Wednesday, May 20, 2015

Kids and asynchronous messaging

We've heard a lot recently about asynchronous frameworks. Typically what these really do is prevent or discourage blocking (synchronous) calls; such calls may be made, e.g., making an RPC to a remote service, but the sender thread/process either doesn't block (so doesn't actually make the call directly), or gets back some kind of token/promise that it can later present (locally or back to the receiver) in order to get the response when it needs it. Of course there's a lot more to this which I'm deliberately glossing over, but the point I'm trying to make it that most of these frameworks don't use the term "asynchronous" in the way we might understand it elsewhere. The FLP problem is a reality yet not one with which they tend to be concerned.

It's strange how the mind wanders when you're doing other things because this was precisely the problem I started to think about whilst cooking dinner the other day. With a lot of people believing that "asynchronous" is the way to go (and in many cases they're not necessarily wrong) I'm more often than not unsure as to whether they really understand the full implications. And whilst cooking I was getting frustrated with my kids, both of whom I'd tried contacting by SMS and neither of whom had responded.

So my mind wandered and I made the not-so-huge leap: I'm trying to communicate with them asynchronously. I sent each of them an SMS and I had no idea of it had arrived. Of course I could have added the SMS-delivery ack request to the messages but that can be disabled by the receiver. Therefore, until and unless they responded, I had absolutely no way to know if they'd got the message and were ignoring me, or if it had gone missing en route (SMS isn't reliable, after all). I sent more SMS messaged but with no responses I was left in the same quandary from before.

Now of course I could ring them but if they don't answer then all that does is mean I've deposited a message (voice) into some semi-persistent queue that they may or may not look at later. Another option would be to find someone who knows them and talk with them, asking for messages to be forwarded. By increasing the number of people I ask I increase the chances that one of them will eventually get through and I may receive a response (gossip protocols). However, ultimately until and unless they or a proxy (friend) for them responded (or came home) I couldn't really know directly whether or not they'd received my messages and acted upon them. Asynchronous is a bitch!

To conclude the story - they came home, had received the messages and didn't believe a response had been needed. Dinner was very tasty though!

Saturday, May 16, 2015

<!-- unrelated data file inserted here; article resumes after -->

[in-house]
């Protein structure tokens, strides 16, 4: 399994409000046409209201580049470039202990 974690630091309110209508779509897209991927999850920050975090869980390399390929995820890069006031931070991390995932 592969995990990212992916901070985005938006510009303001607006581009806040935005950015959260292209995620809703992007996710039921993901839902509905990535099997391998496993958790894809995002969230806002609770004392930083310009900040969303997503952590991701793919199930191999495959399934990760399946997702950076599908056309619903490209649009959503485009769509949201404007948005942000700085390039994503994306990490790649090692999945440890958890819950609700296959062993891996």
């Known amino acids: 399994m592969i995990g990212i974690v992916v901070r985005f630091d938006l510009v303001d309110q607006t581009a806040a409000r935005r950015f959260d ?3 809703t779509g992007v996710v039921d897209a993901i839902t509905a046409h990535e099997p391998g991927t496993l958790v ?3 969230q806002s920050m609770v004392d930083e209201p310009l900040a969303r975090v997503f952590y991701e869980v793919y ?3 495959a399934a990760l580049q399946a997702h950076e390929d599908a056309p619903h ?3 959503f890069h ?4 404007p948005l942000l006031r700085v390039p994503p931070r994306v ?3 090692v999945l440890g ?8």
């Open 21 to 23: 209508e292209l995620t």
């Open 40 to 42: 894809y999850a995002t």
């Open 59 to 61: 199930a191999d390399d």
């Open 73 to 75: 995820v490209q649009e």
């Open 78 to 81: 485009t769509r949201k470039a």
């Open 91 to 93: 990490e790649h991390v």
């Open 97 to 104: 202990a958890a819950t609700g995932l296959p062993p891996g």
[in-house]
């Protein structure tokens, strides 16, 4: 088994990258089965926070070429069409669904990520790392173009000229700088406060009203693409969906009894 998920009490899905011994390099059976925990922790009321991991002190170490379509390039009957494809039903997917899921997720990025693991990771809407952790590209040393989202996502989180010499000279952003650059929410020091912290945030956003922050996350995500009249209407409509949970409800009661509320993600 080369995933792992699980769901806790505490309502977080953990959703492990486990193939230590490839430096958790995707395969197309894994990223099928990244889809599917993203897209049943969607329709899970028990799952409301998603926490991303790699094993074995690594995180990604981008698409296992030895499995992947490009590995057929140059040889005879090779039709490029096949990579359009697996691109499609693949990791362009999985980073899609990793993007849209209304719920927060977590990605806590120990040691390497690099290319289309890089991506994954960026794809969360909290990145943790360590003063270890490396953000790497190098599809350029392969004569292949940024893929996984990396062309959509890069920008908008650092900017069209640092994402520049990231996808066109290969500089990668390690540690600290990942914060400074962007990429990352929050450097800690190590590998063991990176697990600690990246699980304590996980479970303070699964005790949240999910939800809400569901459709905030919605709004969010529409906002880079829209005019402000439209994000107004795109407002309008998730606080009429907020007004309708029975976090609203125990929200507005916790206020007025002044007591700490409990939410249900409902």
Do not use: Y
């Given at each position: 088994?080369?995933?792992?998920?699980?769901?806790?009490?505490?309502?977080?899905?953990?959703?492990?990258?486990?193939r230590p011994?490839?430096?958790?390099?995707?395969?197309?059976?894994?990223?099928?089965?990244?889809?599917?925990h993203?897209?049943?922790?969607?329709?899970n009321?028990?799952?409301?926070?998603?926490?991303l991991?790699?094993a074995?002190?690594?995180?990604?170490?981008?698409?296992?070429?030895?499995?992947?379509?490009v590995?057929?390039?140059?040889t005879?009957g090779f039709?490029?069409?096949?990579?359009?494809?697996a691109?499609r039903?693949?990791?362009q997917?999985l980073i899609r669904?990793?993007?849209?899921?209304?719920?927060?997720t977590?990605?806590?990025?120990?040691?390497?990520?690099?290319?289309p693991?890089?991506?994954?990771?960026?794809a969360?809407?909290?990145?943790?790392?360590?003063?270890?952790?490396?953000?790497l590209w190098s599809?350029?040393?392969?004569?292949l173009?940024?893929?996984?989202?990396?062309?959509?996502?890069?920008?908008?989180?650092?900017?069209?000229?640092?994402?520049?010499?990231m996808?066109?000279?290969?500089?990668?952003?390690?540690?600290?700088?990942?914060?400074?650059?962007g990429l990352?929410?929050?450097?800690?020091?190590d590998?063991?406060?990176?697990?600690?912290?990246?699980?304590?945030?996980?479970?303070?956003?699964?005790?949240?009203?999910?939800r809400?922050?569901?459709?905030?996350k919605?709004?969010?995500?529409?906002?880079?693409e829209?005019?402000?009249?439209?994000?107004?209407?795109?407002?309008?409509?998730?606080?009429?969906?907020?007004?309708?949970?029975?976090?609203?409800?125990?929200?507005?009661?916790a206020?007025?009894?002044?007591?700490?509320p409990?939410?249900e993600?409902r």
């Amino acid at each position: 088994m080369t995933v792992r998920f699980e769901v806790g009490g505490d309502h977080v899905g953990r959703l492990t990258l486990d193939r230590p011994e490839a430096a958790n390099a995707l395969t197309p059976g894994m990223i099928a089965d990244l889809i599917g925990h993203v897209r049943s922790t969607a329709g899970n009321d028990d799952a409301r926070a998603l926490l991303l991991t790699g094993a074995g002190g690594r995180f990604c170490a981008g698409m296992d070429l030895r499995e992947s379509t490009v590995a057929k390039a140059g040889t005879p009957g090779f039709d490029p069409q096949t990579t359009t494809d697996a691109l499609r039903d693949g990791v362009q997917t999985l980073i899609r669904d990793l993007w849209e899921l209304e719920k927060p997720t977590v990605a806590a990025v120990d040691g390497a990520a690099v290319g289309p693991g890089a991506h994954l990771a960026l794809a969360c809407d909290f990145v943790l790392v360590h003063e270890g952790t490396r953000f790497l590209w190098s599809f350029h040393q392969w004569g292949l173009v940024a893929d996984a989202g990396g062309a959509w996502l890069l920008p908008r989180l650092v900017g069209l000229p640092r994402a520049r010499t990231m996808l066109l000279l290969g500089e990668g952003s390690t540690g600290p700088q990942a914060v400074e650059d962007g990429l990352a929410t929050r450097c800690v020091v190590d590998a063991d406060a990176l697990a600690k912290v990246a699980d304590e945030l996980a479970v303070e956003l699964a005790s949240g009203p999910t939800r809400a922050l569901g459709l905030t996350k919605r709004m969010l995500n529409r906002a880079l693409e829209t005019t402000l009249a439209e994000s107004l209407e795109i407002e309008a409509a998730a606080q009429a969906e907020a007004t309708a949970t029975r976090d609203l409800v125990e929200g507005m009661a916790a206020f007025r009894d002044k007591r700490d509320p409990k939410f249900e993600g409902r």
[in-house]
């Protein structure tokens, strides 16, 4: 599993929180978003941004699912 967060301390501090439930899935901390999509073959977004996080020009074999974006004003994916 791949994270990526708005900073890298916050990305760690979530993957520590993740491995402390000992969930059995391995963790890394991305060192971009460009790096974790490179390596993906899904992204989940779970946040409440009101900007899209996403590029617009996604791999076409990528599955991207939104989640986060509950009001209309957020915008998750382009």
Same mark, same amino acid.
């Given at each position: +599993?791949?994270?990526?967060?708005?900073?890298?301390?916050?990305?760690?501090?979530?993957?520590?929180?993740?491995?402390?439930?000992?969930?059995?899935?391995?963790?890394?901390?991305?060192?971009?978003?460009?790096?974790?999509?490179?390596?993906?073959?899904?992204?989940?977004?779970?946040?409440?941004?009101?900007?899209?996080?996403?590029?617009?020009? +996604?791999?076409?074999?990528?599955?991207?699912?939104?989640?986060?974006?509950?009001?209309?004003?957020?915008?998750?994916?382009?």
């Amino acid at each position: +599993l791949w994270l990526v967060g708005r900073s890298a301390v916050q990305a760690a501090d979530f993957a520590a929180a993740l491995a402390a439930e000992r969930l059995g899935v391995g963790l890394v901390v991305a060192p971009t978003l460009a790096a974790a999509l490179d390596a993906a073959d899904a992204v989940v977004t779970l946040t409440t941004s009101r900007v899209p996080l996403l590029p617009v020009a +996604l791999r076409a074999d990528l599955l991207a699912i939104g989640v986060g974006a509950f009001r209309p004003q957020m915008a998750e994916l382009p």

A little more on transactions and microservices

I had some interesting discussions this week which made me want to write something more on transactions (really XA) and microservices.

Sunday, May 10, 2015

Monoliths and a bit of a history lesson

Just another cross-post for those interested.

Update: one thing I forgot to make explicit but hopefully comes through in the above post and the earlier one on web-scale is that to suggest is that to suggest application servers (Java or something else) aren't sufficient for web-scale is difficult to justify since many high profile sites do run today quite well on them.

Web-scale: I do not think it means what you think it means!

When I blogged about transactions recently one of the comments referenced "web-scale" and how application servers aren't well suited for web-scale distributed applications. I'm going to write something specific about this later but it got me to thinking: what does that actually mean? To paraphrase Inigo Montoya "You keep using that term, I do not think it means what you think it means." Many people and groups use the term but there really isn't a common (agreed) definition. It's a cop out to claim that we don't need such a definition because everyone who is sufficiently "in the know" will "know it when they see it".

The web has been around now for a long time. Over the years it has grown considerably and yet many sites back in the late 1990's would not be considered "web-scale" today. But back then they almost certainly were. Despite what many people may suggest today, sites then and now got by well using "traditional" (or dated?) technologies such as relational databases, CORBA, probably even COBOL! Coping will millions of requests, terabytes of data etc.

It's only fair that our definition of "web-scale" should change over time in much the same way as our definition of things like "personal transport" change from "horse" to "car", or even "jet pack". But we don't even have a definition of "web-scale" that we can all get behind and then evolve. It's subjective and therefore fairly useless as a way of signifying whether anything is or is not suitable for the kinds of applications or services people develop for the web. Ideally we'd fix this before anyone (person, group, company) used the term again, but I doubt that'll happen.

Thursday, May 07, 2015

Slightly frustrating article ...

I came across an article the other day from last year which tried to poke holes in transactions. I kept putting off writing about it but eventually decided I had to say something. So ... here it is.

Sunday, April 26, 2015

Listening versus talking

As the song goes ... "To every thing there is a season, and a time to every purpose under the heaven". In any conversation or meeting there's a time to listen and a time to talk. Unfortunately in many environments there's an implicit peer pressure to be heard and be seen to be heard (!) even if what is then said doesn't advance the conversation. Yet often the right thing to do is listen, think and remain quiet until and unless you've got something to say which does add to the overall thread. But guess what? That can be harder to do than you might think, especially as meetings become very vocal and people verbally challenge each other to be the dominant individual.

It takes a lot of control in these situations to listen and not react, especially when there may be so many other people jostling to be heard and yet not really saying anything additive to the meeting. In fact others in such meetings may take silence as an indication of your disconnection from the conversation, or lack of understanding, which could lead you to want to say something (anything) just to prevent that kind of interpretation. But trust me ... Sometimes silence really is golden!

SOA done right?